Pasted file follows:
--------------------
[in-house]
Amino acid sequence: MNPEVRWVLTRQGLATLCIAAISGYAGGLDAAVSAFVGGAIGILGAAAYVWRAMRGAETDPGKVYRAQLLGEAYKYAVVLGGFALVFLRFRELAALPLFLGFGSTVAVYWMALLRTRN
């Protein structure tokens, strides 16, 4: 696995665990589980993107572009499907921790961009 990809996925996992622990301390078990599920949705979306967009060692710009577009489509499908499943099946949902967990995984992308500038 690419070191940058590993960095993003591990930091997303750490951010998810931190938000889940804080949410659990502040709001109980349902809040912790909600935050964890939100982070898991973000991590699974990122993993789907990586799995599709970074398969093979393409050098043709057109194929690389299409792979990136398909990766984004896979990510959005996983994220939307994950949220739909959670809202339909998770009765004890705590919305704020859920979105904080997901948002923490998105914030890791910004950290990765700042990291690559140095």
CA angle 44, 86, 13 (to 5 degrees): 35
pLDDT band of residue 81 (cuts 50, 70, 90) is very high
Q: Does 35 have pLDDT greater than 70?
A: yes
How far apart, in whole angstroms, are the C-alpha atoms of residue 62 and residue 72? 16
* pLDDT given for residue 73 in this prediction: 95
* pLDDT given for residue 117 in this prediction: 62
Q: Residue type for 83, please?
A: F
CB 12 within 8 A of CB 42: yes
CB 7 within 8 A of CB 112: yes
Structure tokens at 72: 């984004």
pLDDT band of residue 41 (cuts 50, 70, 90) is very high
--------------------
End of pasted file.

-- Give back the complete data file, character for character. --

[in-house]
Amino acid sequence: MNPEVRWVLTRQGLATLCIAAISGYAGGLDAAVSAFVGGAIGILGAAAYVWRAMRGAETDPGKVYRAQLLGEAYKYAVVLGGFALVFLRFRELAALPLFLGFGSTVAVYWMALLRTRN
């Protein structure tokens, strides 16, 4: 696995665990589980993107572009499907921790961009 990809996925996992622990301390078990599920949705979306967009060692710009577009489509499908499943099946949902967990995984992308500038 690419070191940058590993960095993003591990930091997303750490951010998810931190938000889940804080949410659990502040709001109980349902809040912790909600935050964890939100982070898991973000991590699974990122993993789907990586799995599709970074398969093979393409050098043709057109194929690389299409792979990136398909990766984004896979990510959005996983994220939307994950949220739909959670809202339909998770009765004890705590919305704020859920979105904080997901948002923490998105914030890791910004950290990765700042990291690559140095």
CA angle 44, 86, 13 (to 5 degrees): 35
pLDDT band of residue 81 (cuts 50, 70, 90) is very high
Q: Does 35 have pLDDT greater than 70?
A: yes
How far apart, in whole angstroms, are the C-alpha atoms of residue 62 and residue 72? 16
* pLDDT given for residue 73 in this prediction: 95
* pLDDT given for residue 117 in this prediction: 62
Q: Residue type for 83, please?
A: F
CB 12 within 8 A of CB 42: yes
CB 7 within 8 A of CB 112: yes
Structure tokens at 72: 């984004």
pLDDT band of residue 41 (cuts 50, 70, 90) is very high